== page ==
A matchmaker named Dolly Levi takes a trip to Yonkers, New York to see the "well-known unmarried half-a-millionaire," Horace Vandergelder. While there, she convinces him, his two stock ... See full summary »
The trials and tribulations of the Winfield family in small town Indiana as Marjorie Winfield's boyfriend, William Sherman, returns from the Army after W.W.I. Bill & Marjorie's on-again, ... See full summary »
A happy and unbelievably lucky young Irish immigrant, John Lawless, lands a job as the butler of an unconventional millionaire, Biddle. His daughter, Cordelia Drexel Biddle, tires of the ... See full summary »
A classic Disney fairytale collides with modern-day New York City in a story about a fairytale princess who is sent to our world by an evil queen. Soon after her arrival, Princess Giselle begins to change her views on life and love after meeting a handsome lawyer. Can a storybook view of romance survive in the real world?
Confidence man Harold Hill arrives at staid River City intending to cheat the community with his standard scam of offering to equip and train a boy's marching band, then skip town with the money since he has no music skill anyway. Things go awry when he falls for a librarian he tries to divert from exposing him while he inadvertently enriches the town with a love of music. Written by
Kenneth Chisholm <firstname.lastname@example.org>
River City was based on Meredith Willson's home town of Mason City, Iowa. The movie had its world premiere there. See more »
Set in 1912, the song "Trouble" mentions both the beverage Bevo (first offered in 1916) and the magazine "Captain Billy's Whiz-Bang" (first published in 1919). "Whiz-Bang" is named for a type of artillery round in World War I (1914-1918)--the publisher was a veteran of that war. See more »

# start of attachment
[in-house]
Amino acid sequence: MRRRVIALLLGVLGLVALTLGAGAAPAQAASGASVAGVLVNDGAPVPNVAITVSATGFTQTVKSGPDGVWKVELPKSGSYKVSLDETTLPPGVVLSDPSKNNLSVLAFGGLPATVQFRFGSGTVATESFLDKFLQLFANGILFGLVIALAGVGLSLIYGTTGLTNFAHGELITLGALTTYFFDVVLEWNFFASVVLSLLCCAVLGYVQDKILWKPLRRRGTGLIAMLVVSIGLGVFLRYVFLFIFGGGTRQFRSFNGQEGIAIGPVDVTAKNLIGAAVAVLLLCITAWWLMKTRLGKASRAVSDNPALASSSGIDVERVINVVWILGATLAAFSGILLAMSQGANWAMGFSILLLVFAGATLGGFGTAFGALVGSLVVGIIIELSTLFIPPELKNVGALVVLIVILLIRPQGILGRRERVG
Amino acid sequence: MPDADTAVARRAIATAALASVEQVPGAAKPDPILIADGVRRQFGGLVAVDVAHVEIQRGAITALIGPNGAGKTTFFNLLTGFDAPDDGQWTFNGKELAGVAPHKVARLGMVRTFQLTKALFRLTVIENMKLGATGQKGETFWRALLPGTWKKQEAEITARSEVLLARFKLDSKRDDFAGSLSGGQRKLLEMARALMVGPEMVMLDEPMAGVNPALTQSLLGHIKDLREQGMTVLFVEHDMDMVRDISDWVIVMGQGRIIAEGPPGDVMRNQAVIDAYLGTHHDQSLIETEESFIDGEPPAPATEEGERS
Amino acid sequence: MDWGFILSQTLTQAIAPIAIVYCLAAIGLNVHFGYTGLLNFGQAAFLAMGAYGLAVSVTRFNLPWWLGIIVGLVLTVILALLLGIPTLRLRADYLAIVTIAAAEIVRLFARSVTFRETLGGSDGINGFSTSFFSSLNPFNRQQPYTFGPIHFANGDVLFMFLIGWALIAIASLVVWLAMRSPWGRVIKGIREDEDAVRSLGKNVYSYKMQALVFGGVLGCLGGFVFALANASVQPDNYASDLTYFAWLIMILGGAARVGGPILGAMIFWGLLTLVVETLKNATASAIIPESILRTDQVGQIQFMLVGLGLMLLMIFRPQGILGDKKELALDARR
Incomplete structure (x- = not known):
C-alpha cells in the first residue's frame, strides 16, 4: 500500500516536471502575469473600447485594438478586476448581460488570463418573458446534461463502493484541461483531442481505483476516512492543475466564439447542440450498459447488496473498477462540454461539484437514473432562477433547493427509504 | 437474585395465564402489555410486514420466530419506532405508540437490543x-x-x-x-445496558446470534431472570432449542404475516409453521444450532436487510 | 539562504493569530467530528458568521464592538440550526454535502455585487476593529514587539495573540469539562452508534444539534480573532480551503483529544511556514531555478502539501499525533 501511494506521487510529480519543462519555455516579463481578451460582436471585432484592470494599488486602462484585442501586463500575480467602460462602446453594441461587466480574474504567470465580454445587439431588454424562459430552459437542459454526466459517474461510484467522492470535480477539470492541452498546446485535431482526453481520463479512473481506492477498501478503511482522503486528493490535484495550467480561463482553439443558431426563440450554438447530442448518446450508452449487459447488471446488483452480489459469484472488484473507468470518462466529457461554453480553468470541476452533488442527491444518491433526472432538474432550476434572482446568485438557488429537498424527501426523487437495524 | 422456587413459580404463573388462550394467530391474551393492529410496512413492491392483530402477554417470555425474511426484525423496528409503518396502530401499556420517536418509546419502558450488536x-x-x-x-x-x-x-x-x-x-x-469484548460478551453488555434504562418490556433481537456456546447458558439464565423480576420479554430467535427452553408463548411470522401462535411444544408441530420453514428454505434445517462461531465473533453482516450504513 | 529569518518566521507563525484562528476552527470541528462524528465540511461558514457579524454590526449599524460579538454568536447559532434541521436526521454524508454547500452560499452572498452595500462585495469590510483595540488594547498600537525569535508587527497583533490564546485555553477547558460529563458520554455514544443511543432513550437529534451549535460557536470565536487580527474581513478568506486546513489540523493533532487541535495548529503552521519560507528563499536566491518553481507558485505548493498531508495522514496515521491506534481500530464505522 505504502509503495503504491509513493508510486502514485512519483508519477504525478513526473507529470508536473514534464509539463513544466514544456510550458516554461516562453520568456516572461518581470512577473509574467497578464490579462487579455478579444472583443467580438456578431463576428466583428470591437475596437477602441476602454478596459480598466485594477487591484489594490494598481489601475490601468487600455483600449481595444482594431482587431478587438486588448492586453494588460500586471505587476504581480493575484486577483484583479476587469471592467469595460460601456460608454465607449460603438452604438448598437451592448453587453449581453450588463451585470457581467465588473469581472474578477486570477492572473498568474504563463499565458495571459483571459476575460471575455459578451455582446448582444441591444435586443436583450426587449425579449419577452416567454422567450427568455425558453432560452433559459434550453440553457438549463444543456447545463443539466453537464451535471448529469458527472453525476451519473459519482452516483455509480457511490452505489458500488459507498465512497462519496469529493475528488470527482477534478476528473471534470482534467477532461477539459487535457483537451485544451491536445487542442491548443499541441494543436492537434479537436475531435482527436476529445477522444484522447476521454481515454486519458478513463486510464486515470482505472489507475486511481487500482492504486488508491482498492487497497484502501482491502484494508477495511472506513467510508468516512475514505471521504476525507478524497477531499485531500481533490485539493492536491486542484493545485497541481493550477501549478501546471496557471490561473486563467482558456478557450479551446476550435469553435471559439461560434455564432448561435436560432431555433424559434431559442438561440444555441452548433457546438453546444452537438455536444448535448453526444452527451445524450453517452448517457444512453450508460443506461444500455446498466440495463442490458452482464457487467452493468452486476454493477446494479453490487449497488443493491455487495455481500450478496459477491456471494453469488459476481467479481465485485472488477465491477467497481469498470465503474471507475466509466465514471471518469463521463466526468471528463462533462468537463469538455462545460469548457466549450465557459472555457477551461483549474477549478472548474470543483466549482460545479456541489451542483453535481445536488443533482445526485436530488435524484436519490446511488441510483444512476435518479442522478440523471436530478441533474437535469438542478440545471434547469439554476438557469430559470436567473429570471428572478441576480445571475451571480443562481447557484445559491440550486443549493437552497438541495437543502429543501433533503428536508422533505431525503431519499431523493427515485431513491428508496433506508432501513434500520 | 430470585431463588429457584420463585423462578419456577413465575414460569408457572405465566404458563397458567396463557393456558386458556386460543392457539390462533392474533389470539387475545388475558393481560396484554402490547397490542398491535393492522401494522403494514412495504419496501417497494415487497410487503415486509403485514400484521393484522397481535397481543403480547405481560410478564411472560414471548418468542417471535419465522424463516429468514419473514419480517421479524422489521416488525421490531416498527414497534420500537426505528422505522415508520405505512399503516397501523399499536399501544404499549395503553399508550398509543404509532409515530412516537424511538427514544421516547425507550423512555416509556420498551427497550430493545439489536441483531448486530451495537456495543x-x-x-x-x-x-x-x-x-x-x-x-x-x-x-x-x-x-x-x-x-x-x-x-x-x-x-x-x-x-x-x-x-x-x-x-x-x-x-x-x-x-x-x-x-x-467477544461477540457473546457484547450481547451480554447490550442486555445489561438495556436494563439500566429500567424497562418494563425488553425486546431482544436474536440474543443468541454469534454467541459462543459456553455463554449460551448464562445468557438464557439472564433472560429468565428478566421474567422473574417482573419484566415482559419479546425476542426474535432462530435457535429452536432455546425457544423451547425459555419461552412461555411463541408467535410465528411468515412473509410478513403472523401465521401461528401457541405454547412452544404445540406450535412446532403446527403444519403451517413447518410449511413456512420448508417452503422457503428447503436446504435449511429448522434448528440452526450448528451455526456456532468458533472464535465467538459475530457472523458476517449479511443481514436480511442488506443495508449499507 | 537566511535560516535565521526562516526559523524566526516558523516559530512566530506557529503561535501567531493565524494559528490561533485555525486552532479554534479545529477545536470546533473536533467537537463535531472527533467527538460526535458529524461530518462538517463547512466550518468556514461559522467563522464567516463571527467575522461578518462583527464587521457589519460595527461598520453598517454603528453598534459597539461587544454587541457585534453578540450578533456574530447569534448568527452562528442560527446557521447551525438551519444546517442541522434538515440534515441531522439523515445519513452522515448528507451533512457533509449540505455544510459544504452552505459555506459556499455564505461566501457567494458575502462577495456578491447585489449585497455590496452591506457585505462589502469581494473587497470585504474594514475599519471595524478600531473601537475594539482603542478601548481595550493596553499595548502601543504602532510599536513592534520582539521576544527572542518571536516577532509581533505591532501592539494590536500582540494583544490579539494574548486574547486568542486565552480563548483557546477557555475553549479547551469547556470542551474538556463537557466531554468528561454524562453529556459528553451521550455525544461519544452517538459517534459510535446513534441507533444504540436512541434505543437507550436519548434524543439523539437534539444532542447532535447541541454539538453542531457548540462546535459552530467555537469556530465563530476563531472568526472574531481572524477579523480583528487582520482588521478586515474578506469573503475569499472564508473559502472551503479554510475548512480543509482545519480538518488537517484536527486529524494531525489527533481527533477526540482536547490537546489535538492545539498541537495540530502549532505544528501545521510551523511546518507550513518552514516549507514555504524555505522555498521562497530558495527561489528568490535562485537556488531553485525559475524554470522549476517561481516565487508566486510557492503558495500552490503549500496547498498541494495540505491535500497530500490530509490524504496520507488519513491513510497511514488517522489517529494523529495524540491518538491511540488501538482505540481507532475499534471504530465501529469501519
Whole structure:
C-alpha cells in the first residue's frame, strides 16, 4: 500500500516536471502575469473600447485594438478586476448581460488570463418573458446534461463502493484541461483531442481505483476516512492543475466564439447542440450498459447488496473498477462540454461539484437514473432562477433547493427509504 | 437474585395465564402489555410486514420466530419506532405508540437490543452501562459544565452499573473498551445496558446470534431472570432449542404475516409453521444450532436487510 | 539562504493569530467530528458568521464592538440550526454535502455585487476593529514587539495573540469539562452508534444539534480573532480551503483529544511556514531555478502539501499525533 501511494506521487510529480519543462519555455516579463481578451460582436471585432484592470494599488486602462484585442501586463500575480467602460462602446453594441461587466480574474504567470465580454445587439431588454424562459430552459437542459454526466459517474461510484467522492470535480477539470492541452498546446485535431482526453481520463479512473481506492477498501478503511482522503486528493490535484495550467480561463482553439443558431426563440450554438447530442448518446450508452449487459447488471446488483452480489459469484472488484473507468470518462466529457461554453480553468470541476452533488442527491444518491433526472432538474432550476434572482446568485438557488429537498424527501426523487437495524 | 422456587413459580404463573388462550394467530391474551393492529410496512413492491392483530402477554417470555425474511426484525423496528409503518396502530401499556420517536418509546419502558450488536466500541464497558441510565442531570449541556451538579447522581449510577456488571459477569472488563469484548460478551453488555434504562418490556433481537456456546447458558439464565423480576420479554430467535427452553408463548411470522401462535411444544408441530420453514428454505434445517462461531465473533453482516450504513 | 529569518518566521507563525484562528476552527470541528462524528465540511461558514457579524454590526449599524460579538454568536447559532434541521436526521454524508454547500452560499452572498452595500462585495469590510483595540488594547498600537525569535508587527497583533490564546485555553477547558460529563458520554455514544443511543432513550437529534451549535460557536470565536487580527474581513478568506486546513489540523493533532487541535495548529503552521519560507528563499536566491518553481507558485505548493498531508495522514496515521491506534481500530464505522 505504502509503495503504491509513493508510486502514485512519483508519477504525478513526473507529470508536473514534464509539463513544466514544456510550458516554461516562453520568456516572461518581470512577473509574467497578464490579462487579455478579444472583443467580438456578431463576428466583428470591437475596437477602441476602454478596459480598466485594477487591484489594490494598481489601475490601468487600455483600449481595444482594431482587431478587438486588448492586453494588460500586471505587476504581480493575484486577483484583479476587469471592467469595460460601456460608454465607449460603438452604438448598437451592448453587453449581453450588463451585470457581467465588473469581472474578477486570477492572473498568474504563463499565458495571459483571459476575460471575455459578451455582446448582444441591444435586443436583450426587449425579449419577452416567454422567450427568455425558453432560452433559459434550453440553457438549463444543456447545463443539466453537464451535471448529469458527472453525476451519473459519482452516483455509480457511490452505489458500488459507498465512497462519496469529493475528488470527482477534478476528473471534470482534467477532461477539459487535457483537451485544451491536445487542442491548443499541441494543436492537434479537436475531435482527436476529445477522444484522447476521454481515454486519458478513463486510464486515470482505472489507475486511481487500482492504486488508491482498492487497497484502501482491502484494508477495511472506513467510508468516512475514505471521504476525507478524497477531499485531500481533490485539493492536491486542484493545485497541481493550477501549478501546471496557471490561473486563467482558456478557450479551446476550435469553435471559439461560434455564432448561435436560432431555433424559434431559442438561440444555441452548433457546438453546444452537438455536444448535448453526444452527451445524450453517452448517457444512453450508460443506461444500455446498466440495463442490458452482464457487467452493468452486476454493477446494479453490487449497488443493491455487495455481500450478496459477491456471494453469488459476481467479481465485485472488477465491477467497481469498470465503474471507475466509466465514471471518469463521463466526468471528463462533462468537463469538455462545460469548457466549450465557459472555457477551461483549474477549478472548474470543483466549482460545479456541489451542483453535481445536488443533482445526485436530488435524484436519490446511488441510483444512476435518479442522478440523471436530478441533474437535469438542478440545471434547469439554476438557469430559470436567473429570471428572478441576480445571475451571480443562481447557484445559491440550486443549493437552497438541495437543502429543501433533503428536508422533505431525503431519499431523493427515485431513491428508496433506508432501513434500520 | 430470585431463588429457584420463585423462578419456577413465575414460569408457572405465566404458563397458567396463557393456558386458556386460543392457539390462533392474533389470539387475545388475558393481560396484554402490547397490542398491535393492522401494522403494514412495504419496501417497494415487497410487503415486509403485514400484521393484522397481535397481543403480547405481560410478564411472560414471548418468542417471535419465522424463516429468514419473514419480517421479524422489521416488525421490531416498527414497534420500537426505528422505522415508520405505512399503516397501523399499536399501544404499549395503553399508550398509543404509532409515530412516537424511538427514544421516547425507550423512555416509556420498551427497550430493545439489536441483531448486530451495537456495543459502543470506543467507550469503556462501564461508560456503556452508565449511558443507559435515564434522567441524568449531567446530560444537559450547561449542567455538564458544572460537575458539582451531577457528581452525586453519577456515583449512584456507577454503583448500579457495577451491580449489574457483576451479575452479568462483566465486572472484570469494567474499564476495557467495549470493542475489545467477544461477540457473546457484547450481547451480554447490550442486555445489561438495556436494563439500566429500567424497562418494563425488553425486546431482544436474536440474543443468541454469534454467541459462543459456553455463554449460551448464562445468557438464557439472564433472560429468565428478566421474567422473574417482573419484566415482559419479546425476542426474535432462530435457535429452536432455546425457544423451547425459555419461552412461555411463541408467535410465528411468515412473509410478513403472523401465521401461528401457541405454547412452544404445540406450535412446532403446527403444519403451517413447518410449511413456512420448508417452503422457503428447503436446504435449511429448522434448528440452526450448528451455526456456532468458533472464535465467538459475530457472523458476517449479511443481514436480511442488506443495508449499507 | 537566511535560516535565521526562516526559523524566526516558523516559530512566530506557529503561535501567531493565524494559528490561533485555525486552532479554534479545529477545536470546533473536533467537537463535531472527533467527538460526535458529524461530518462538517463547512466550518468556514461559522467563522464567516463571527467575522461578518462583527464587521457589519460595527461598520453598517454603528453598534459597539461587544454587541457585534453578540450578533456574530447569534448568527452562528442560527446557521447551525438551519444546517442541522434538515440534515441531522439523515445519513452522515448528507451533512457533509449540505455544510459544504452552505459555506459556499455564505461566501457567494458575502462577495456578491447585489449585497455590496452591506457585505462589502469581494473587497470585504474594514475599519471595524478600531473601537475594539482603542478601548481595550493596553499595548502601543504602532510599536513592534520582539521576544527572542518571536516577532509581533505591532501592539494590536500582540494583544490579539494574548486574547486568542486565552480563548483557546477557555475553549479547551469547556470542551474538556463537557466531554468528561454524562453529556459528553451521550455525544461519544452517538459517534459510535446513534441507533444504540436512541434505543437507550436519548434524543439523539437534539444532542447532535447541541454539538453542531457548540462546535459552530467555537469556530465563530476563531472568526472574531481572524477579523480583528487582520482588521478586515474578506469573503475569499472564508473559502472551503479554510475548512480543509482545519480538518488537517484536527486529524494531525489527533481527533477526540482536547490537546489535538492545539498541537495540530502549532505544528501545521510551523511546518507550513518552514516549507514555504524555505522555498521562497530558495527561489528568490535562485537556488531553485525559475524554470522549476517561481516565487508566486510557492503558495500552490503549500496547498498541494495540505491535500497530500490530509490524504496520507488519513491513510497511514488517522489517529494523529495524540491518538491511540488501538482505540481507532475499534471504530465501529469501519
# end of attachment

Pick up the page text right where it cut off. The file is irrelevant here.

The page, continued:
The closing credits appear in the style of a Broadway show's curtain call. First the minor characters are shown with the performers' names. The credits then progress through the cast ending with the lead. See more »
I remember almost being shocked hearing this film again in the '90s after seeing it for over 30 years. Some of the music almost sounded like today's - or the 1990s - rap music! It's kind of weird.
There are memorable songs in this musical, ones that became pretty darn famous, such as "76 Trombones" and "Trouble In River City." Most of the songs, in fact, on this soundtrack, are pretty lively and interesting.
I enjoyed seeing the Midwest scenery. Having gone to college in Iowa, I've always been a pit partial to that state, and the wonderful small towns there. I am also partial to corny (speaking of Iowa) and sentimental stories to this film gets "props" for providing plenty of that. An extra point goes for the name of the barbershop quartet in this story: "The Buffalo Bills."
Robert Preston, as "Professor Henry Hill," gets center stage, here, and
warning - he can wear you out. Most people love him in this role but,
for others, he can be grating....and I understand that, too. Preston's fast-talking can you give a headache, if you aren't ready for it. However, the man is so convincing in this role, he seems born to play it.
There are so many songs in this movie that the story is almost secondary. It's really a stage show, so don't expect some super story. Frankly, I liked that fact is mainly music. I've read where the new special-edition DVD really brings out the colors in this movie, so I'm anxious to check it out. I haven't seen the film since that VHS viewing a decade ago.
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